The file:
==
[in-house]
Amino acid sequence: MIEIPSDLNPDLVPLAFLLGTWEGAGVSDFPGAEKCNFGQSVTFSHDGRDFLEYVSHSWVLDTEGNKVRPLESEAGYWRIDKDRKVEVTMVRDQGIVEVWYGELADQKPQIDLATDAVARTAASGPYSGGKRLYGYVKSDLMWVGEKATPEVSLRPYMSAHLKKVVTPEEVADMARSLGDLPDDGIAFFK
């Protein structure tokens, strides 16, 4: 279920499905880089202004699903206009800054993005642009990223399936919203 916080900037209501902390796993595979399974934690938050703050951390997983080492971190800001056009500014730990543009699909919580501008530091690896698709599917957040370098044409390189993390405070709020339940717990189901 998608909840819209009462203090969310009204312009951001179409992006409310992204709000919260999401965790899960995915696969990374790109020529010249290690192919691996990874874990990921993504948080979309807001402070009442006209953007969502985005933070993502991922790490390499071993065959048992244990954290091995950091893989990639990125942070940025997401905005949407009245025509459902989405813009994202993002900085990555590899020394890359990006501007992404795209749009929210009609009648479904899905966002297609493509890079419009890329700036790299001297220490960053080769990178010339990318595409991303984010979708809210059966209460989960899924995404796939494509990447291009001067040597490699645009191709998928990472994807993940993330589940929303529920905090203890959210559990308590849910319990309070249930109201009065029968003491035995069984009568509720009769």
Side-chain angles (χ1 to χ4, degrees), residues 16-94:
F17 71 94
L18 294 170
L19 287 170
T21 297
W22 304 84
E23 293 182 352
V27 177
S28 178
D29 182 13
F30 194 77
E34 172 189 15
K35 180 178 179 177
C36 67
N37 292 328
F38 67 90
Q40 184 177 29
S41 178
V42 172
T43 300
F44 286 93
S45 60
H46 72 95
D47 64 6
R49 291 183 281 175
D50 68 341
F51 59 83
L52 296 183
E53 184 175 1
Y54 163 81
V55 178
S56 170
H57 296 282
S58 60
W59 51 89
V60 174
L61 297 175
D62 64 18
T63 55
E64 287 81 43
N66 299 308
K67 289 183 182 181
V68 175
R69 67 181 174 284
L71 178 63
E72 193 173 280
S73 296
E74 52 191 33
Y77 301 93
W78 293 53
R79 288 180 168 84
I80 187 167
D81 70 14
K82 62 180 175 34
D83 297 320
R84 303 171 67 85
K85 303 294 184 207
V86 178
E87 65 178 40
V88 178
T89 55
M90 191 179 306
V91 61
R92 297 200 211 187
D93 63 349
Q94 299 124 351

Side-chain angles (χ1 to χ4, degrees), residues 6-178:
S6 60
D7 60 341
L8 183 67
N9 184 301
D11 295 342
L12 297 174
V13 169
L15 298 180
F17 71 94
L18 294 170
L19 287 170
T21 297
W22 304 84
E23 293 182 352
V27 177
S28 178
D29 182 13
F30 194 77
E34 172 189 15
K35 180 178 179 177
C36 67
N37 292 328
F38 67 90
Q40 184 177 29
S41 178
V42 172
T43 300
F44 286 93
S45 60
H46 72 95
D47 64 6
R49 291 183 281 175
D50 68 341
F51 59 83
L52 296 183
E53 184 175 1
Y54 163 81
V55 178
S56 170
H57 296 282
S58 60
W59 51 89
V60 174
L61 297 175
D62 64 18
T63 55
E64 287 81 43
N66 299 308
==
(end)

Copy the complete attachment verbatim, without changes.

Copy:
[in-house]
Amino acid sequence: MIEIPSDLNPDLVPLAFLLGTWEGAGVSDFPGAEKCNFGQSVTFSHDGRDFLEYVSHSWVLDTEGNKVRPLESEAGYWRIDKDRKVEVTMVRDQGIVEVWYGELADQKPQIDLATDAVARTAASGPYSGGKRLYGYVKSDLMWVGEKATPEVSLRPYMSAHLKKVVTPEEVADMARSLGDLPDDGIAFFK
């Protein structure tokens, strides 16, 4: 279920499905880089202004699903206009800054993005642009990223399936919203 916080900037209501902390796993595979399974934690938050703050951390997983080492971190800001056009500014730990543009699909919580501008530091690896698709599917957040370098044409390189993390405070709020339940717990189901 998608909840819209009462203090969310009204312009951001179409992006409310992204709000919260999401965790899960995915696969990374790109020529010249290690192919691996990874874990990921993504948080979309807001402070009442006209953007969502985005933070993502991922790490390499071993065959048992244990954290091995950091893989990639990125942070940025997401905005949407009245025509459902989405813009994202993002900085990555590899020394890359990006501007992404795209749009929210009609009648479904899905966002297609493509890079419009890329700036790299001297220490960053080769990178010339990318595409991303984010979708809210059966209460989960899924995404796939494509990447291009001067040597490699645009191709998928990472994807993940993330589940929303529920905090203890959210559990308590849910319990309070249930109201009065029968003491035995069984009568509720009769």
Side-chain angles (χ1 to χ4, degrees), residues 16-94:
F17 71 94
L18 294 170
L19 287 170
T21 297
W22 304 84
E23 293 182 352
V27 177
S28 178
D29 182 13
F30 194 77
E34 172 189 15
K35 180 178 179 177
C36 67
N37 292 328
F38 67 90
Q40 184 177 29
S41 178
V42 172
T43 300
F44 286 93
S45 60
H46 72 95
D47 64 6
R49 291 183 281 175
D50 68 341
F51 59 83
L52 296 183
E53 184 175 1
Y54 163 81
V55 178
S56 170
H57 296 282
S58 60
W59 51 89
V60 174
L61 297 175
D62 64 18
T63 55
E64 287 81 43
N66 299 308
K67 289 183 182 181
V68 175
R69 67 181 174 284
L71 178 63
E72 193 173 280
S73 296
E74 52 191 33
Y77 301 93
W78 293 53
R79 288 180 168 84
I80 187 167
D81 70 14
K82 62 180 175 34
D83 297 320
R84 303 171 67 85
K85 303 294 184 207
V86 178
E87 65 178 40
V88 178
T89 55
M90 191 179 306
V91 61
R92 297 200 211 187
D93 63 349
Q94 299 124 351

Side-chain angles (χ1 to χ4, degrees), residues 6-178:
S6 60
D7 60 341
L8 183 67
N9 184 301
D11 295 342
L12 297 174
V13 169
L15 298 180
F17 71 94
L18 294 170
L19 287 170
T21 297
W22 304 84
E23 293 182 352
V27 177
S28 178
D29 182 13
F30 194 77
E34 172 189 15
K35 180 178 179 177
C36 67
N37 292 328
F38 67 90
Q40 184 177 29
S41 178
V42 172
T43 300
F44 286 93
S45 60
H46 72 95
D47 64 6
R49 291 183 281 175
D50 68 341
F51 59 83
L52 296 183
E53 184 175 1
Y54 163 81
V55 178
S56 170
H57 296 282
S58 60
W59 51 89
V60 174
L61 297 175
D62 64 18
T63 55
E64 287 81 43
N66 299 308